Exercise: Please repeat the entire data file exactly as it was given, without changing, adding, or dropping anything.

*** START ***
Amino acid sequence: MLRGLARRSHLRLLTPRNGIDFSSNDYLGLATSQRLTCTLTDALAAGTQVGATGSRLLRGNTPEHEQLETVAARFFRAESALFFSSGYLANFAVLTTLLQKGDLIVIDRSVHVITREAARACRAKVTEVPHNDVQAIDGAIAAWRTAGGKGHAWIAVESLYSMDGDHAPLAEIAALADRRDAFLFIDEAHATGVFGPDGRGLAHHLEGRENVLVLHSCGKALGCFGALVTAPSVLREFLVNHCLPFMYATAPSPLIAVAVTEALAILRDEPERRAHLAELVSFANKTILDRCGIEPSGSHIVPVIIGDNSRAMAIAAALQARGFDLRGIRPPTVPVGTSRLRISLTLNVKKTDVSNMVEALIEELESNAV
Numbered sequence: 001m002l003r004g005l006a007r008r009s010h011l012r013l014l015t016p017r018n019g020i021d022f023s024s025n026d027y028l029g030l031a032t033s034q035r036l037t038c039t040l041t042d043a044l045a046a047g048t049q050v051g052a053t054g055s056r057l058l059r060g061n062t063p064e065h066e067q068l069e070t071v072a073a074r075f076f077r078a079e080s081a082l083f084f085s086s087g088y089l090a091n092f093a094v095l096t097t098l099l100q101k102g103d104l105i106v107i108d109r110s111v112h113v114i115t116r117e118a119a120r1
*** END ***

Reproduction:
Amino acid sequence: MLRGLARRSHLRLLTPRNGIDFSSNDYLGLATSQRLTCTLTDALAAGTQVGATGSRLLRGNTPEHEQLETVAARFFRAESALFFSSGYLANFAVLTTLLQKGDLIVIDRSVHVITREAARACRAKVTEVPHNDVQAIDGAIAAWRTAGGKGHAWIAVESLYSMDGDHAPLAEIAALADRRDAFLFIDEAHATGVFGPDGRGLAHHLEGRENVLVLHSCGKALGCFGALVTAPSVLREFLVNHCLPFMYATAPSPLIAVAVTEALAILRDEPERRAHLAELVSFANKTILDRCGIEPSGSHIVPVIIGDNSRAMAIAAALQARGFDLRGIRPPTVPVGTSRLRISLTLNVKKTDVSNMVEALIEELESNAV
Numbered sequence: 001m002l003r004g005l006a007r008r009s010h011l012r013l014l015t016p017r018n019g020i021d022f023s024s025n026d027y028l029g030l031a032t033s034q035r036l037t038c039t040l041t042d043a044l045a046a047g048t049q050v051g052a053t054g055s056r057l058l059r060g061n062t063p064e065h066e067q068l069e070t071v072a073a074r075f076f077r078a079e080s081a082l083f084f085s086s087g088y089l090a091n092f093a094v095l096t097t098l099l100q101k102g103d104l105i106v107i108d109r110s111v112h113v114i115t116r117e118a119a120r1